Leor Galil, Reader staff writer

Kurt Cobain: Montage of Heck I’ve suffered from Nirvana fatigue for at least a decade, so I never expected to like—or even watch—this new documentary on the life of Kurt Cobain. I gave it a shot after realizing it was the work of Brett Morgen, who codirected The Kid Stays in the Picture; he avoids hagiography and makes Nirvana’s rise feel improbable instead of inevitable.

Dennis Larsson, History of Damage I became mildly obsessed with this record more than a year ago, after I fell down an Internet rabbit hole that led me to an old WFMU playlist stream featuring Larsson’s chipper, demented folk-pop jam “Holly.” Larsson self-financed and self-released this charming, oddball pop-rock record in 1980—it didn’t get much love in its time or in Larsson’s hometown of Minot, North Dakota. Earlier this year, my fixation on “Holly” drove me to find History of Damage‘s producer, who helped fill in some of the blanks about the record; I also spent an irresponsible amount of money on a copy of the LP, and I have no regrets.

Sufjan Stevens, Carrie & Lowell For the first week I had Sufjan’s new record, I wound up wiping tears from my eyes every time I listened to it—and I listened to Carrie & Lowell a lot. For a couple weeks, even thinking about the harrowing “Fourth of July” would start the waterworks. I can’t remember the last time I spent this much time with a Sufjan album.

Leor is curious what’s in the rotation of . . .

Arvo Zylo, noise musician, leader of Blood Rhythms, founder of No Part of It

Coil Coil’s 20-year career weaves a magnificent web of carefully sculpted, occult-­infused experimental electronic music. I’ve read everything in their Web archive, which at one point hadn’t changed since 2010. In November, I loaded it to see an update about two new art books—it was like witnessing an eclipse. One of the books, from Peter “Sleazy” Christopherson, includes his photos of the Sex Pistols, COUM Transmissions (pre-Throbbing Gristle), schoolyard brawls, and staged death scenes. They painted their windows black. My kinda guys.

Lux & Ivy’s Favorites The Cramps have a huge legacy as record collectors, and fans have dug up songs the band mentioned in interviews for the 17 volumes of these Favorites comps, which overflow with oddball bravado. Cramps interviews tended to treat self-promotion as an afterthought—you’d be more likely to hear how Poison Ivy would lose her mind as a kid anytime someone put the Ran-Dells’ “Martian Hop” on the turntable. My copy of the Musical Linn Twins’ 1958 single “Rockin’ Out the Blues” does that too.

Taki Pantos About five years ago, I saw this charming man perform to a modest crowd at Simon’s. Once a month, Taki Pantos (pronounced “tie-key”) left his nursing home to play haunting, Gypsy-flavored 60s-style tunes on accordion, singing in a childlike, creaky, unassuming voice. Recently I went to Simon’s to find his CD-R, and I’m left with the imprint of what I call Midnight Cowboy Death Valley Sunshine Pop. RIP, Taki.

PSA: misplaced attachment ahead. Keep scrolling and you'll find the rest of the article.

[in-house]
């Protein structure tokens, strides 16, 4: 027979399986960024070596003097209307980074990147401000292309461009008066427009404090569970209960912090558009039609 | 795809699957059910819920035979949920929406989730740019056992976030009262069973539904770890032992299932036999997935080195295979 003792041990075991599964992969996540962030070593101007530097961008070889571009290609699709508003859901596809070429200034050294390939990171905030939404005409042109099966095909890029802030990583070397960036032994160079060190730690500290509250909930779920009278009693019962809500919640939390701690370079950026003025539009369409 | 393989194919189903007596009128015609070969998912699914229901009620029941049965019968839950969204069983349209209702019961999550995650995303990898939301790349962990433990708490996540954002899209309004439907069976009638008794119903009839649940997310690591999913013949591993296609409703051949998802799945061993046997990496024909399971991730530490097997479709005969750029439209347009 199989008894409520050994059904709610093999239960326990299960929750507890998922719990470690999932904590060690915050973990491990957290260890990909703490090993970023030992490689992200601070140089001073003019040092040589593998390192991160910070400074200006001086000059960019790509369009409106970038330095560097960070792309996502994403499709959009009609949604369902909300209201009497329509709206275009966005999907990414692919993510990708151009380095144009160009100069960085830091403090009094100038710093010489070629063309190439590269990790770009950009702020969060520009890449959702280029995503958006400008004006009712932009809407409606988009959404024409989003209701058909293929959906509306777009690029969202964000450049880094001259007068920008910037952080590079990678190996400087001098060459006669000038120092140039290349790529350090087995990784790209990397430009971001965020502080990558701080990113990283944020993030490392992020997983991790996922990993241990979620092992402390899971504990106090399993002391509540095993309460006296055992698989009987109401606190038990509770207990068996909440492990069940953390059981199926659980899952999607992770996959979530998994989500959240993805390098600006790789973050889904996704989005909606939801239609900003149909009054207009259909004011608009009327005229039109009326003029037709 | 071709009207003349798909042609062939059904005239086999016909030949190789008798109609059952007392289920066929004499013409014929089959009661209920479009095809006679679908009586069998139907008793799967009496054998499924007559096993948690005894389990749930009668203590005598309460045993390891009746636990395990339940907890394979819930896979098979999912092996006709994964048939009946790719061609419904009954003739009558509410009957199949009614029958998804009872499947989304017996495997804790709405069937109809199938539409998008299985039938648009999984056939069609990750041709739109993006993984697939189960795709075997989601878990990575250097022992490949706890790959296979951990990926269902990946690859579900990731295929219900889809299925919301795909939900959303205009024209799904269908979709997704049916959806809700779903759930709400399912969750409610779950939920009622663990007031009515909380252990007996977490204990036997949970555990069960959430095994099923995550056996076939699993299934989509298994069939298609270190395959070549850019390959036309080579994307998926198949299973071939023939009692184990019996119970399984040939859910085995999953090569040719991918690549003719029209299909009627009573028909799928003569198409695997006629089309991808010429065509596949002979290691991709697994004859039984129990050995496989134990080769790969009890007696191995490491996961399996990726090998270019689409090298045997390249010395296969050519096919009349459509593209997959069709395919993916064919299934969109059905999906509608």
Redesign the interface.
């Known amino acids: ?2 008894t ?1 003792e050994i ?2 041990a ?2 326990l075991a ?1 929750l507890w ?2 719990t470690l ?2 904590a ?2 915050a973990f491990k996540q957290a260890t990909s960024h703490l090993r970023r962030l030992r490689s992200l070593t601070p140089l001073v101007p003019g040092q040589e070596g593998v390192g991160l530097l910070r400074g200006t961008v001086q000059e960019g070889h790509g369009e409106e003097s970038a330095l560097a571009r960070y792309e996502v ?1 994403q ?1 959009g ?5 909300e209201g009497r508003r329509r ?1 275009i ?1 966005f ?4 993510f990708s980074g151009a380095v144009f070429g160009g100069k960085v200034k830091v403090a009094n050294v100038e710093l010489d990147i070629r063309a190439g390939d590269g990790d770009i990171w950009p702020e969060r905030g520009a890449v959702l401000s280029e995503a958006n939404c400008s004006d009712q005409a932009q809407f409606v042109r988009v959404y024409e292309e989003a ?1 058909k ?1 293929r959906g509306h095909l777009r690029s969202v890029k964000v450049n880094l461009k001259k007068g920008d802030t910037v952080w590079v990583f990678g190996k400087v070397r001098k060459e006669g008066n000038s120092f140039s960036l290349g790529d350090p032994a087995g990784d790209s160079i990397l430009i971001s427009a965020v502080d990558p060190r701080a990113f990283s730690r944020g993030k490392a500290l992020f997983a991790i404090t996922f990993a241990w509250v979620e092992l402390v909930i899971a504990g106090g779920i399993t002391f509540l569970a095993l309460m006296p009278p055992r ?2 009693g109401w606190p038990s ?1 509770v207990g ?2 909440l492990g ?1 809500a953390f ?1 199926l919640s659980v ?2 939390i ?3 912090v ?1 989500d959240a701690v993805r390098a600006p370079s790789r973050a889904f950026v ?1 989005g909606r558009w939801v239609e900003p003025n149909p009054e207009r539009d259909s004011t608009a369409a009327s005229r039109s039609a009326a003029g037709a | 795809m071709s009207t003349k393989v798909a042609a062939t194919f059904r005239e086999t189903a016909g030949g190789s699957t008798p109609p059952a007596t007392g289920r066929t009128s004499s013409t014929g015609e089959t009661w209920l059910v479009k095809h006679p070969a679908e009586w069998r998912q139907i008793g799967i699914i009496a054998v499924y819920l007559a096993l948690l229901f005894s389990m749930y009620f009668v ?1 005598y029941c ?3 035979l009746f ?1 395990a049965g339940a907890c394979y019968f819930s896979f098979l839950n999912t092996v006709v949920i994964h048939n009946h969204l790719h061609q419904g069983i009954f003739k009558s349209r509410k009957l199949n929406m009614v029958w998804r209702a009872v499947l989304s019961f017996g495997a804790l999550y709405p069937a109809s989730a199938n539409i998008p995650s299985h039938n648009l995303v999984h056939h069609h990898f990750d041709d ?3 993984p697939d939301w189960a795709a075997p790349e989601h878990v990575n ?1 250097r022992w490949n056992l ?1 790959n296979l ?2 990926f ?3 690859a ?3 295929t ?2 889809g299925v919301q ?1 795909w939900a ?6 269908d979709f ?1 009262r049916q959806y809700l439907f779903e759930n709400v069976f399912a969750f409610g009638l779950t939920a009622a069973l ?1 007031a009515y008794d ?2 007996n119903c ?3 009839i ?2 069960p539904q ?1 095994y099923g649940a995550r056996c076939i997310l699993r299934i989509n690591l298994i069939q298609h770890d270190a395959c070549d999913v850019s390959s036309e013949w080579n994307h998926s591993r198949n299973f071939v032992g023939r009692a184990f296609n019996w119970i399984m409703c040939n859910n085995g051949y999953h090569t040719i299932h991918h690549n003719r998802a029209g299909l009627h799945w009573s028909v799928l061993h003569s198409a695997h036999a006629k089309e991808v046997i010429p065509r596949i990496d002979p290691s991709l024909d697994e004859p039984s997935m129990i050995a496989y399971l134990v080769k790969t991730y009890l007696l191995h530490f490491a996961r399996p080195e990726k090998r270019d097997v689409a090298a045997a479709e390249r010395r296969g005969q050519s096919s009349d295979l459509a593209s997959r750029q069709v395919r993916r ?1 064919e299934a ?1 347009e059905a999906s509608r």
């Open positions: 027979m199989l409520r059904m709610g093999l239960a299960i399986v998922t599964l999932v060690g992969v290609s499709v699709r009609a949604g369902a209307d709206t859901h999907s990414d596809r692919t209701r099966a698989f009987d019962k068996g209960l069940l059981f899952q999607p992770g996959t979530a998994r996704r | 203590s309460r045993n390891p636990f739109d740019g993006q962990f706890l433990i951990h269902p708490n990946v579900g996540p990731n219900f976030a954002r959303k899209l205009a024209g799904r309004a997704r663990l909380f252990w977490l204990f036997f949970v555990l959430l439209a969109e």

Arvo is curious what’s in the rotation of . . .

Yannick Dauby recording in Estonia
Yannick Dauby recording in EstoniaCredit: John Grzinich

Sarah Moskowitz, DJ at WZRD 88.3 FM

Yannick Dauby I grew up in a place where the loudest noises at night came from crickets, frogs, foxes, our old farmhouse settling, and my own breathing—all combining to create a piece of musique concrete way too fascinating and terrifying for sleep. It was an apt primer for the work of Taiwan-based French electroacoustic composer Yannick Dauby, who weaves field recordings into electronic environments. The result is often dark, but it’s softened by the appearance of a treefrog’s call or a bird’s. Maybe Herzog was right and they’re only the sounds of creatures crying out in pain, but to my ears, reduced again to an eight-year-old’s, they’re like greetings from old friends.

Danielle Dax Danielle Dax is a self-taught multi-instrumentalist from the UK who was most active (musically at least) in the 1980s. Listen to one of her albums (recently I’ve been enjoying Pop-Eyes and Dark Adapted Eye) and ruminate on the fact that she’s playing most everything you can hear. Experimental music for pop fans, pop music for experimental fans . . . who gives a shit; either way it’s wonderful.

Bo Diddley, The Black Gladiator When my buddy RT showed me the cover of this 1970 LP, I thought it had to be a joke. Bo Diddley in full S&M leather-man glory and coke-­bottle glasses? But what fun this album is! Suddenly I’m singing and dancing along to songs called “Shut Up, Woman” and “If the Bible’s Right.” Put it on when you need to please a crowd.